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After just over two years in business, Lincoln Park's OMC Smokehouse is preparing to expand. Louis Hanson, a managing partner at OMC — short for "oink, moo, cluck" — said he plans to punch a hole in the east wall of the restaurant, between a portrait of a pig and cow. OMC purchased the building next door, 1907 W. Superior St., for $425,000 in December. The building's previous owner, Keith Bender, approached Tom Hanson, Louis' father, with an offer to sell.
Ashley Grimm sent out a release Monday indicating her intention to run for the 5th District Duluth City Council seat now held by Jay Fosle. She is expected to announce her candidacy at 11 a.m. Tuesday during an appearance at Duluth City Center West, 5830 Grand Ave. Grimm manages children’s and youth programs at the Damiano Center and has served on the Duluth Human Rights commission since 2012. She grew up in Barnum but now is a Denfeld resident.
Even as Duluth mulls over selling the Lester Park Golf Course, the city is looking to boost its land ownership inside the boundaries of the adjacent municipal park of the same name. Currently, much of the park does not belong to the city. Many of Lester Park's trails actually run through about 450 acres of tax-forfeited property belonging to St. Louis County.
In the days since the March 6 fire that destroyed the only firehall on Madeline Island, the La Pointe Fire Department has scrambled to re-equip itself, making use of a temporary ice road that links the town to Bayfield. But the road soon could be forced to close, said Nate Nelson, the La Pointe Fire Department's ice rescue operator. "Today, it's still open. But the rain definitely isn't helping the situation," he said Thursday afternoon. Nelson said it's difficult to predict how long the ice road will remain viable, "because once it starts to go, it goes quick."
Members of the Duluth Parks and Recreation Commission indicated Wednesday that they have no inclination to shy away from what's bound to be a controversial issue — whether the city should consider the possibility of selling and/or downsizing the Lester Park Golf Course. Acknowledging that the decision would be a heavy burden, Jim Filby Williams, Duluth's director of public administration, said he didn't wish to place the task on commissioners' shoulders without consulting them first.
After more than a year of deliberation, a citizen advisory committee has come to agree on a difficult point for local golfers to acknowledge: Duluth may have too much in the way of public golf offerings. The nine-member committee presented its findings to the Duluth City Council Monday night, working to put a trying situation in context. Tough times Duluth boasts two municipal golf courses at Lester and Enger Park, each offering guests up to 27 holes of play.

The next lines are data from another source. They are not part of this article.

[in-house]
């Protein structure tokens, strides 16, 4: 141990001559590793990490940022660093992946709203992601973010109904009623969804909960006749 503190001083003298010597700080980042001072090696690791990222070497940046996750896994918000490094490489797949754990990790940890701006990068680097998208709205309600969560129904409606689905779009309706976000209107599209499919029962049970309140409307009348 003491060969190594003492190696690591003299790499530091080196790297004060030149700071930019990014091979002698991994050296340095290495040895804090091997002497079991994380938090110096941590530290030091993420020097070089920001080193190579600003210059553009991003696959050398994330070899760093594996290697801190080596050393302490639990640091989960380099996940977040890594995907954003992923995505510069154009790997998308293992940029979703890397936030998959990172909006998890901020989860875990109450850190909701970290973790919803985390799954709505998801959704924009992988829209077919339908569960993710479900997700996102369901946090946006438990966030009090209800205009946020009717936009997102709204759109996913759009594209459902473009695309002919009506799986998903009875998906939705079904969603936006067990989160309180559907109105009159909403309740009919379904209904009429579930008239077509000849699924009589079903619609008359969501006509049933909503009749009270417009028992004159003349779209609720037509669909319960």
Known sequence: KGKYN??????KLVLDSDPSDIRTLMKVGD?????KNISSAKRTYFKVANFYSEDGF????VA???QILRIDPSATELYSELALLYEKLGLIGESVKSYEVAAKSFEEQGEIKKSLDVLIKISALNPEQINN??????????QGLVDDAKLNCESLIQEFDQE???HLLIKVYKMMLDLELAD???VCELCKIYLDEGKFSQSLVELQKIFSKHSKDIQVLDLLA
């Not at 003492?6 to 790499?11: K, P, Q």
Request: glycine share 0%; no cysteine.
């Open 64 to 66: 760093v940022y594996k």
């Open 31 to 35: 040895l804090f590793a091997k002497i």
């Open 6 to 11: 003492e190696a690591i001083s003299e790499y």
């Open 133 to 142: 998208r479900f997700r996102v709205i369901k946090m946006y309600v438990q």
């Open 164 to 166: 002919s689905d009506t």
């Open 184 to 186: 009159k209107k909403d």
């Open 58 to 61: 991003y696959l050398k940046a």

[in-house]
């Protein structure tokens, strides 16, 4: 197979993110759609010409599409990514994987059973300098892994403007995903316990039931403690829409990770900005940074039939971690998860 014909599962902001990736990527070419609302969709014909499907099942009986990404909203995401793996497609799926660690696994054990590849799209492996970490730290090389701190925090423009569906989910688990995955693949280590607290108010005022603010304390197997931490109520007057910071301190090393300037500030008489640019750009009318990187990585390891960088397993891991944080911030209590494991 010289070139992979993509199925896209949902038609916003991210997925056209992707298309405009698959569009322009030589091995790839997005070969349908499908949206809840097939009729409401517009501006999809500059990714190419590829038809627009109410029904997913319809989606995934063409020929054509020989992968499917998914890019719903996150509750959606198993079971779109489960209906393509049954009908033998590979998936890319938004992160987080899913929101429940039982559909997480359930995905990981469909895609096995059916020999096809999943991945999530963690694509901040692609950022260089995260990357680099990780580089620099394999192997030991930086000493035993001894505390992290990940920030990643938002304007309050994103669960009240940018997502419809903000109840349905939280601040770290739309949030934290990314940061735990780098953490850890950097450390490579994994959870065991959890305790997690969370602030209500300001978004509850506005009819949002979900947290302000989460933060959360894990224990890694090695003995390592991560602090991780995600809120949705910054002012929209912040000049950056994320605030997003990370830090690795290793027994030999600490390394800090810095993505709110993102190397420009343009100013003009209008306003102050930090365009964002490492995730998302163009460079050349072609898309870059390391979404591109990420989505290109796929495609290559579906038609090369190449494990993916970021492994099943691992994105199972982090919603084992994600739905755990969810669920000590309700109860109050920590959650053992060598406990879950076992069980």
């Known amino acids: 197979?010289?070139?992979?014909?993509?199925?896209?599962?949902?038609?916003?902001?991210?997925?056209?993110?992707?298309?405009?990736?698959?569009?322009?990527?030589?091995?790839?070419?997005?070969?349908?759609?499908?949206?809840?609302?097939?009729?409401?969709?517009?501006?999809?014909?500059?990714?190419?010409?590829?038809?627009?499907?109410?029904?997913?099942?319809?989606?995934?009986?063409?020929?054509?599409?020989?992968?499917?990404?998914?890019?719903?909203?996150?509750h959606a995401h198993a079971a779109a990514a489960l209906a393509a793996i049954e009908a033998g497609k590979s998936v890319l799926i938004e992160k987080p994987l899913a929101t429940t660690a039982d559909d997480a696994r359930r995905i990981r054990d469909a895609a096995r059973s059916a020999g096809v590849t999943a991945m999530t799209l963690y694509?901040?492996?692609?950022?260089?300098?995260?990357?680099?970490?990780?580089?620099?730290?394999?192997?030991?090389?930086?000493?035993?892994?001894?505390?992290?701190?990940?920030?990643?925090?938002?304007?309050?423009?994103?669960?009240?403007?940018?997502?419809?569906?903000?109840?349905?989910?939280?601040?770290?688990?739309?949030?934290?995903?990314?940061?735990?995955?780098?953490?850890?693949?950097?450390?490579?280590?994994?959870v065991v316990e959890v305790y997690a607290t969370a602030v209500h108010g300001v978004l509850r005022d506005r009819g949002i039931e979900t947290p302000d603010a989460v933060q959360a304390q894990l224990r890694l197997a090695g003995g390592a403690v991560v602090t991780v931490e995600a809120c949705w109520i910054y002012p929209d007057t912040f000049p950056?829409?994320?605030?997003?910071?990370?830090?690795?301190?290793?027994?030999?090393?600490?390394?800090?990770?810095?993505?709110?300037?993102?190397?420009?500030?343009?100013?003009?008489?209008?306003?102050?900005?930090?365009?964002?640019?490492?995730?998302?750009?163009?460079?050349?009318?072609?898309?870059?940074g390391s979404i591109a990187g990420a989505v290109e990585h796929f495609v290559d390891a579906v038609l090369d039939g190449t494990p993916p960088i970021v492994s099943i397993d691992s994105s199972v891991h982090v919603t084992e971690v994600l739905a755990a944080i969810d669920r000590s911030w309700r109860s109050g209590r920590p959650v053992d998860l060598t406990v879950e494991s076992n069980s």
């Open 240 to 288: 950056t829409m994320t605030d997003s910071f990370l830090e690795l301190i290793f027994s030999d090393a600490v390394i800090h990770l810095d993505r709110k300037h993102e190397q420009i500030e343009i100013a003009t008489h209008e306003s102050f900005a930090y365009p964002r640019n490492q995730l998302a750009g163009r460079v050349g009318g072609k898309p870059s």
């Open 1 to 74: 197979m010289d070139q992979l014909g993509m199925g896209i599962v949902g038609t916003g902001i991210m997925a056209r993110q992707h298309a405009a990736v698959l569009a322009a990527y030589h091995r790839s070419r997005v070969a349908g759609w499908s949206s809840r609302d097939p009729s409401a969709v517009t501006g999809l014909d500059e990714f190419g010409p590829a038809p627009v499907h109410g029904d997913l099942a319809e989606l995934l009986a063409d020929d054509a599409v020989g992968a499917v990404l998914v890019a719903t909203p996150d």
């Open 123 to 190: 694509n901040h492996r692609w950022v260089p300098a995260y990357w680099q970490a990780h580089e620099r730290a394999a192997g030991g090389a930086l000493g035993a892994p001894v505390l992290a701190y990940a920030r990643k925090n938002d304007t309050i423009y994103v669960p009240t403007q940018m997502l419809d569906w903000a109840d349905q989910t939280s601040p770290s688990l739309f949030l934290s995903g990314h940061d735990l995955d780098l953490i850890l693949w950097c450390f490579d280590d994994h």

The long-awaited findings of a citizens' advisory committee will be presented to the Duluth City Council at 6 p.m. Monday, and the report could have big repercussions for the future of Duluth's two public golf courses. The findings will inform the council's discussion about what to do with the city golf courses, which continue to operate in the red. Last year, the Lester Park and Enger Park golf courses enjoyed one of their more financially successful seasons in recent years, yet together they lost more than $76,000, adding to an accrued debt that now tops $2.4 million
Martha's Daughter, an acclaimed eatery in downtown Duluth, won't be serving alcohol any longer, at least for a while. The Duluth Alcohol, Gambling and Tobacco Commission voted Wednesday night to suspend the restaurant's liquor license for missed payments. Nyanyika Banda, owner of Martha's Daughter and a former food columnist for the Duluth News Tribune, did not attend the commission meeting. But she did notify customers via a Facebook post that she planned to take a brief hiatus from her business, describing it as "a spring break for a couple weeks."
Gov. Tim Walz's plan to wean Minnesota's power industry off fossil fuels by 2050 has generated surprisingly little pushback from representatives of Allete Inc., Minnesota Power's parent company. "He has given us a long runway, until 2050," said Pat Mullen, Allete's senior vice president of external affairs. Mullen noted that Minnesota already generates about 30 percent of its energy from renewable resources — wind, hydro, solar and biomass — and it expects to push that threshold to 45 percent by 2025
The city of Duluth soon may have a new ally in the battle to slash its greenhouse gas emissions. The Duluth City Council will consider an ordinance on March 11 that would lead to the formation of an energy plan commission tasked with keeping the city on track to reduce the amount of carbon dioxide it generates by 80 percent by 2050.